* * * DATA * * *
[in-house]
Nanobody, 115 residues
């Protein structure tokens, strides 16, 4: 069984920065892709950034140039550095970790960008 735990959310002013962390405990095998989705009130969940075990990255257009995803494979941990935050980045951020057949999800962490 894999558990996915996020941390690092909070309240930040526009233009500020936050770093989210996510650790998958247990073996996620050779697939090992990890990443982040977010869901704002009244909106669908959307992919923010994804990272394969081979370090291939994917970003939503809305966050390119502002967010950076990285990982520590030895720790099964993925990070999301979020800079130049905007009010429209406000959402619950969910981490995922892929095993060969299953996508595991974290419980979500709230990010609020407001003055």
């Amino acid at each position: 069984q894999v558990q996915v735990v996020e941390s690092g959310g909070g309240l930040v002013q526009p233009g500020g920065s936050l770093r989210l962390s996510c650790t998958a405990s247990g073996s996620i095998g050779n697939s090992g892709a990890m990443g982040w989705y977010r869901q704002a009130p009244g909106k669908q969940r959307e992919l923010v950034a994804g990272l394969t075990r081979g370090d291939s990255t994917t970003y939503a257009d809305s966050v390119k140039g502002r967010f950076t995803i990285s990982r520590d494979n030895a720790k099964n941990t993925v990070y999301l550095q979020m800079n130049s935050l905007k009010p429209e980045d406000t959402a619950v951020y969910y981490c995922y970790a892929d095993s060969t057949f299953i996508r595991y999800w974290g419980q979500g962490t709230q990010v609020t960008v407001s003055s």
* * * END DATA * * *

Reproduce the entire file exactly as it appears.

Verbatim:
[in-house]
Nanobody, 115 residues
């Protein structure tokens, strides 16, 4: 069984920065892709950034140039550095970790960008 735990959310002013962390405990095998989705009130969940075990990255257009995803494979941990935050980045951020057949999800962490 894999558990996915996020941390690092909070309240930040526009233009500020936050770093989210996510650790998958247990073996996620050779697939090992990890990443982040977010869901704002009244909106669908959307992919923010994804990272394969081979370090291939994917970003939503809305966050390119502002967010950076990285990982520590030895720790099964993925990070999301979020800079130049905007009010429209406000959402619950969910981490995922892929095993060969299953996508595991974290419980979500709230990010609020407001003055």
């Amino acid at each position: 069984q894999v558990q996915v735990v996020e941390s690092g959310g909070g309240l930040v002013q526009p233009g500020g920065s936050l770093r989210l962390s996510c650790t998958a405990s247990g073996s996620i095998g050779n697939s090992g892709a990890m990443g982040w989705y977010r869901q704002a009130p009244g909106k669908q969940r959307e992919l923010v950034a994804g990272l394969t075990r081979g370090d291939s990255t994917t970003y939503a257009d809305s966050v390119k140039g502002r967010f950076t995803i990285s990982r520590d494979n030895a720790k099964n941990t993925v990070y999301l550095q979020m800079n130049s935050l905007k009010p429209e980045d406000t959402a619950v951020y969910y981490c995922y970790a892929d095993s060969t057949f299953i996508r595991y999800w974290g419980q979500g962490t709230q990010v609020t960008v407001s003055s």